While working on adding more statistic tracking tools to the site yesterday, I was also asking myself the question: How can I get better search engine results? Faster! I know it takes time for new sites to be discovered and included in Google and other search engines, but my domain,, is not new as it has been in use for several years, and has that benefit. However, using Google’s Webmaster Tools, I discovered the site had not been crawled since November! That’s almost five months! I’ve been promoting my 30th class reunion over there, so I need those pages checked more often.

I had played around with sitemaps a little in the past, and knew it had to be the answer. With a blog, we have the benefit of ‘pinging’ other sites when we make a post to advise them that there has been a new entry made. Sitemaps work similarly with the search engines in general, you can add one to your standard website, as well as your blog. Google as well as other sites allow you to submit your sitemap file so you know they have the URLs that you want listed. They get the data they need in a standard format, and we get an easy way to maintain it! Every one wins! The Google Sitemap protocol was eventually adopted by Yahoo! & MSN and was created. I expect other search engines will follow.

Adding a sitemap to a WordPress blog is very easy… just use the Sitemaps plugin by Arne Brachhold! This plugin will generate an updated sitemap.xml file in the root folder of your site for the search engines to find–and then tell them it’s been updated! It pings Google, Yahoo! & MSN automatically. You do have to do a little configuration the first time around, making sure the sitemap.xml file in the root folder of your site is writable by WordPress, and acquiring a developer ID from Yahoo! to use their submission API.

If you are using Christine’s Ultimate Tag Warrior, aka UTW, (If you aren’t you should be!) then you will need an add-on to supplement the Sitemap plugin in order to get tags added to your sitemap file. Thankfully, the folks at the Dicontas blog have produced the WordPress Google Sitemap Generator – Ultimate Tag Warrior – Tags Addon Plugin to do just that! While the only trick to this add-on is they say to modify it for your configuration, but then aren’t very clear about exactly what that means. Just to make sure that the ‘add trailing slashes’ option is on for UTW. Here’s what they mean: in their UTWGoogleSitemaps.php file, on line 18 you will see:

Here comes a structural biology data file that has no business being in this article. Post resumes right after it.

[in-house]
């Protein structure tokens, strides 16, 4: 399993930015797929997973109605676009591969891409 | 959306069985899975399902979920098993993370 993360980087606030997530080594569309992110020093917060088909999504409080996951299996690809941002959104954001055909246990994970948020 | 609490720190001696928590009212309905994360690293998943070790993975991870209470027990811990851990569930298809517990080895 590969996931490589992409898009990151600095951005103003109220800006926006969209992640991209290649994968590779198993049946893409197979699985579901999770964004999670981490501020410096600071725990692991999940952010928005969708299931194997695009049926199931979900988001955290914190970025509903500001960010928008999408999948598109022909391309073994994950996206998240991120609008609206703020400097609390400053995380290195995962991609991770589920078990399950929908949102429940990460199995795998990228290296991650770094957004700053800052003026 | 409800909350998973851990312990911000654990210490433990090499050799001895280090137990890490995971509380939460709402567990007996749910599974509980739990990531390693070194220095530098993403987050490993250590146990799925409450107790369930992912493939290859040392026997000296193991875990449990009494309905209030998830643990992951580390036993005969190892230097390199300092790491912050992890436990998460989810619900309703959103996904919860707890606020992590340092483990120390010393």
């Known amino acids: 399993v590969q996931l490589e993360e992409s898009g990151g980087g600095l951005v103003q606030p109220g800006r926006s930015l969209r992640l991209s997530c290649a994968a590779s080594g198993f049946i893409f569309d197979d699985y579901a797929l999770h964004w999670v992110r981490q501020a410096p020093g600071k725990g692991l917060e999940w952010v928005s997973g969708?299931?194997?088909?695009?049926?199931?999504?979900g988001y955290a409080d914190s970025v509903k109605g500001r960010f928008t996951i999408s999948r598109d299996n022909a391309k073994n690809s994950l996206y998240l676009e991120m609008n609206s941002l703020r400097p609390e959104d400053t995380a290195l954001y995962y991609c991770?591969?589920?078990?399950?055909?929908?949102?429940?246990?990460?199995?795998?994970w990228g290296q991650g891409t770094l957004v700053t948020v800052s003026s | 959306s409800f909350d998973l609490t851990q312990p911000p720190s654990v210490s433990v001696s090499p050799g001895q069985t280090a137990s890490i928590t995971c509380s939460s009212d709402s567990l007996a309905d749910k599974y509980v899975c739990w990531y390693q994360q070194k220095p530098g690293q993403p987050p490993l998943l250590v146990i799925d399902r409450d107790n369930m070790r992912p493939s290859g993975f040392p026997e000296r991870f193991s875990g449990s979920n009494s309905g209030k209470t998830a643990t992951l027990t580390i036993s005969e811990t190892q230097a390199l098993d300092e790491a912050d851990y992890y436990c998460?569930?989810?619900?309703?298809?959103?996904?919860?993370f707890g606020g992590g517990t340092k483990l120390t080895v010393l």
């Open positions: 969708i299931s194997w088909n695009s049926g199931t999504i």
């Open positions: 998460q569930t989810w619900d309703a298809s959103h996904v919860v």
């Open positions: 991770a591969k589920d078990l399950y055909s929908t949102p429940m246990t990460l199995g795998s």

$utw_tag = get_bloginfo('url') . '/index.php?tag=' . $utwtag->tag;

If you are using rewrites so your URLs appear like, ‘/tag/some-tag-name/’ for your posts, rather than the default, ‘/index.php?p=some-tag-name’, then you need to update the line above to:

$utw_tag = get_bloginfo('url') . '/tag/' . $utwtag->tag . '/';

Then save and upload as usual for plugins. Run a manual update of your sitemap and it will now include your tags at the end of the file. See an example of my sitemap.xml. Note, to get the ‘pretty’ version of the file you should see from this link, you are really looking at the sitemap.xml file with an XSL stylesheet applied.

If you have a standard web site that could also use the benefit of a sitemap.xml file, there are several different sitemap generators available, as listed at Google Code – Sitemaps page. I chose to use phpSitemapNG. After installing in a protected directory of my web site, and making sure it could write to the root folder, I went through it’s configuration which is mostly defaults, but be sure your host name is specified as you would like it to appear in Google–I’ve gone back & forth between using & When I went to submit the sitemap to Google the first time, I realized I had used www, but had generated the sitemap with just, so it failed. Had to update the config and run it again. You will have th opportunity to update page titles, update frequency & priorities before actually generating the files. For details on these, see the Protocol page.

With this tool, and probably most any of them, the sitemap must be manually generated whenever a new page is created. Whereas with the WordPress plugin, it is updated automatically. Want to know how well it works? I made a post earlier today, and was playing with Google Blogsearch, and found my post! It even had a timestamp indicating it’s recency as ‘1 hour ago’! That’s impressive and shows the benefit of sitemaps and pinging on change.

Stay tuned for more on ‘pinging’!